Don’t buy a vehicle from a “Curbstoner”

OK, so what, precisely, is a Curbstoner?

Here’s some background:

You know that place on your commute that always has a bunch of cars for sale? the patch of waste ground by the stoplights?

That’s almost certainly a curbstone site. Curbstoners are unlicensed vehicle dealers, called as such because they tend to park a selection of cars for sale in popular areas along the curbstones. They operate in this way because a private sale of a vehicle is not covered by the legal restrictions that a dealer must abide by.

Why are they bad?

Several reasons:

  1. They operate like a business but are unlicensed so if they sell you something that is unsafe, unroadworthy or illegal, there is no legal comeback. They also deprive your community of tax and revenue.
  2. They sell vehicles that no-one in their right minds would buy if they knew the full story. The cars they sell may have been salvaged from scrap, welded together from several different cars, have faulty engines, transmissions, chassis, body parts or safety features.
  3. They are criminals first, salesmen second. If you think you are going to get a bargain, you are probably wrong.
  4. In many cases, they do not hold title and may be relying on bureaucratic delays to sell you a salvaged car that could end up killing you.
  5. They take up valuable parking areas, create an eyesore and encourage illicit activity.

It is estimated that up to 80% of the cars advertised online (primarily Craigslist) and in newspaper classified ads are for sale by these unlicensed dealers.

Curbstoning is the unlicensed flipping of used cars and a scam
So How do I tell a real owner from a curbstoner?

There are several signs to look for, any of which should make you extremely suspicious:

  1. They will insist on a ‘Cash Only’ sale. No exceptions. They want your money now. There’s a good chance that 10 miles down the road the car will self-destruct.
  2. They will meet you at the car’s parking place. They don’t want you coming back or showing the cops where you bought the car from.
  3. They will be selling lots of cars at the same time. When you phone, ask them about the car. If they say “which car”? you’ll know they’re selling more than one. Look at the ad in the paper/online closely. Look above and below it and you may see the same phone number/email address or writing style.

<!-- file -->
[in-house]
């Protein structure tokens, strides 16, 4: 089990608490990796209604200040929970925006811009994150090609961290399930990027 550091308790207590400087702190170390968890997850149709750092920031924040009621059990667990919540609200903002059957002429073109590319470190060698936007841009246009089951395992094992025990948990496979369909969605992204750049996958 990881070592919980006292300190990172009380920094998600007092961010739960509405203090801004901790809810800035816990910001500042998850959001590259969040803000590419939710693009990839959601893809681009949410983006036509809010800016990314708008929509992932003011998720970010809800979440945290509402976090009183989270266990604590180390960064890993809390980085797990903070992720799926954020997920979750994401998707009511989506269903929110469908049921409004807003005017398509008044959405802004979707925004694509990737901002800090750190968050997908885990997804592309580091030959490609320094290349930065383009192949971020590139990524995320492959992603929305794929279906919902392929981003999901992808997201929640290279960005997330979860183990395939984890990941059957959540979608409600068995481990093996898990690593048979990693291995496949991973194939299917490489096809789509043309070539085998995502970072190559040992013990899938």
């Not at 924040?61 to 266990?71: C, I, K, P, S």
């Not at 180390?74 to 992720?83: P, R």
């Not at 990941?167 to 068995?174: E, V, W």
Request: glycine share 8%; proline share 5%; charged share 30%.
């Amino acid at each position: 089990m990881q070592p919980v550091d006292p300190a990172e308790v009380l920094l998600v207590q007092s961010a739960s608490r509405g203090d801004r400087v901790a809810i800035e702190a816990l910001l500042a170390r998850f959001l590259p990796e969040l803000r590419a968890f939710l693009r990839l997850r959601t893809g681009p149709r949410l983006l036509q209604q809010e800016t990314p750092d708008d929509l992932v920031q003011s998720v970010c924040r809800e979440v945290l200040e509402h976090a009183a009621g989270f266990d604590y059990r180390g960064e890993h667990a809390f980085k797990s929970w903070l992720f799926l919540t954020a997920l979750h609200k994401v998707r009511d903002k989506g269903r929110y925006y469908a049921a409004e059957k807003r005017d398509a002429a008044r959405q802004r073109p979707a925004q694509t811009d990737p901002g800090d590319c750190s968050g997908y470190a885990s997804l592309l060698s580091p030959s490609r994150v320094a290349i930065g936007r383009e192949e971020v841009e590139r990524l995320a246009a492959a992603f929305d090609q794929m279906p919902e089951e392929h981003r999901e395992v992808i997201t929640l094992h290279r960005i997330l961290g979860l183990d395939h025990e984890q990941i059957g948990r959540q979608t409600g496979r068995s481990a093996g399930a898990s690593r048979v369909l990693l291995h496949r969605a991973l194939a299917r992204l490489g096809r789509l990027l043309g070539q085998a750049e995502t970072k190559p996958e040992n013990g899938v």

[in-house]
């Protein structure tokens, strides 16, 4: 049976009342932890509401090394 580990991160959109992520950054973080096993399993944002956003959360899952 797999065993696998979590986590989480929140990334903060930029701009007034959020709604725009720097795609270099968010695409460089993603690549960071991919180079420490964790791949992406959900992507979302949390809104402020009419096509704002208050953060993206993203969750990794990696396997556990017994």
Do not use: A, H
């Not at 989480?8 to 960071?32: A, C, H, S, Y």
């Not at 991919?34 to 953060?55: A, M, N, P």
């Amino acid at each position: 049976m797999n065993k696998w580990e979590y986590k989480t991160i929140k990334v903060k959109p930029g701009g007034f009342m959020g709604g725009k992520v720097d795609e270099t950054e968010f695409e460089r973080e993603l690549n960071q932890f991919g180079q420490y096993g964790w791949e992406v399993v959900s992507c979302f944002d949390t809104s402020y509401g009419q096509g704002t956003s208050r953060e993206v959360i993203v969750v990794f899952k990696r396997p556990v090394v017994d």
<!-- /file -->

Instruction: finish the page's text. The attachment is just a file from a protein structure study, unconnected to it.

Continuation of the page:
4. The registration documents will not match the seller. They will make any end of excuses but the fact is a vehicle owner should ‘own’ the vehicle he is selling.

Everyone wants a good deal, and buying a car from a private seller is a great way to get one, but if the private seller ends up being a curbstoner, you will almost certainly lose any money you hand over and you could end up even poorer. Curbstoners ted to operate at the lowend (sub $3000) of the market and disproportionately target those who can least afford it.

If you see or hear about this happening in your neighbourhood, contact your city or county and hopefully we can save everyone from fraud and danger.

More information and References:

3 thoughts on “Don’t buy a vehicle from a “Curbstoner”

  1. whocares says:

    You cant assume that every curbstoner is illegal or selling crap cars that will quickly break down.

    I was a curbstoner for a dozen years. Fully licensed most of the time.

    My ethics were WAY above most car lots.

    I sold for cash only. But I would work with the sellers lenders.

    I had multiple repeat customers and I never hid the fact that I was a dealer.
    I didn’t openly advertise it but I didn’t hide from it when meeting and showing cars either.

    The “stopcurbstoning” site is by car lots that don’t like competition.

    The bottom line is I saved most people over $1000 on a cheap car as compared to the car lots.

    I had lower expenses & could provide better deals.

    No car lot, no salesman, just me.

    Most of my deals were win-win situations for myself and the buyers.

    On the other hand, salesman at many dealerships wouldn’t think twice about LYING to sell people a car.

    So while some curbstoners may be unethical, you cant assume that they as a whole are any worse than the salesman who work at car dealers.

  2. Grant says:

    It is always a good idea to check out a website before you visit it for the first time. Many tools you can use. Scamadviser is possibly the best and most up-to-date. Just enter the website URL and see what the result is:

    By checking the site you will get a clear idea of the site, ownership, registration, online trust etc. Scamadviser is one of the most trusted tool for checking the scam or legitimacy of the website. Scamadviser gives you interesting and informative facts on the website you are searching for. You may share this tool, if you find it worth to use.

  3. Mike says:

    1st people should stop buying anything from unlicensed dealers…

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